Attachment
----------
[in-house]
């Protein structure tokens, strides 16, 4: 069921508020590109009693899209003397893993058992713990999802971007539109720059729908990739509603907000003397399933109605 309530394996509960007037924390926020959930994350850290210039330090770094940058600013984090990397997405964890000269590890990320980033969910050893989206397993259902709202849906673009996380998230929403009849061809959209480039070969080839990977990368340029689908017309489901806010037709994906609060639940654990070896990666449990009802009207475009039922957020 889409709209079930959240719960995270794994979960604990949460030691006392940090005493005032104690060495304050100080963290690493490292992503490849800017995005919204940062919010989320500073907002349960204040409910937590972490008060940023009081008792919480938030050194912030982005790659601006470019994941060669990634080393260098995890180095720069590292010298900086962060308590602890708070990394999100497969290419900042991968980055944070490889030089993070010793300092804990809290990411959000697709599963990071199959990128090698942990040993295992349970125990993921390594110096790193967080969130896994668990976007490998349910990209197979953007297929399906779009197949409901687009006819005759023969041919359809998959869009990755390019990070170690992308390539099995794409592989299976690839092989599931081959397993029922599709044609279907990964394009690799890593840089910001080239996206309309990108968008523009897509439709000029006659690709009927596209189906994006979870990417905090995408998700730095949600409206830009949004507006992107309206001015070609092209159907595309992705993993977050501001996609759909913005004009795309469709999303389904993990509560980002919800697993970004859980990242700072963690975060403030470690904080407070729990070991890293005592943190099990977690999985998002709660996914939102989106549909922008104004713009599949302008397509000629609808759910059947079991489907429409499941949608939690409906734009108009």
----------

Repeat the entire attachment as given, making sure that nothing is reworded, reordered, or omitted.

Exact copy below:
[in-house]
């Protein structure tokens, strides 16, 4: 069921508020590109009693899209003397893993058992713990999802971007539109720059729908990739509603907000003397399933109605 309530394996509960007037924390926020959930994350850290210039330090770094940058600013984090990397997405964890000269590890990320980033969910050893989206397993259902709202849906673009996380998230929403009849061809959209480039070969080839990977990368340029689908017309489901806010037709994906609060639940654990070896990666449990009802009207475009039922957020 889409709209079930959240719960995270794994979960604990949460030691006392940090005493005032104690060495304050100080963290690493490292992503490849800017995005919204940062919010989320500073907002349960204040409910937590972490008060940023009081008792919480938030050194912030982005790659601006470019994941060669990634080393260098995890180095720069590292010298900086962060308590602890708070990394999100497969290419900042991968980055944070490889030089993070010793300092804990809290990411959000697709599963990071199959990128090698942990040993295992349970125990993921390594110096790193967080969130896994668990976007490998349910990209197979953007297929399906779009197949409901687009006819005759023969041919359809998959869009990755390019990070170690992308390539099995794409592989299976690839092989599931081959397993029922599709044609279907990964394009690799890593840089910001080239996206309309990108968008523009897509439709000029006659690709009927596209189906994006979870990417905090995408998700730095949600409206830009949004507006992107309206001015070609092209159907595309992705993993977050501001996609759909913005004009795309469709999303389904993990509560980002919800697993970004859980990242700072963690975060403030470690904080407070729990070991890293005592943190099990977690999985998002709660996914939102989106549909922008104004713009599949302008397509000629609808759910059947079991489907429409499941949608939690409906734009108009």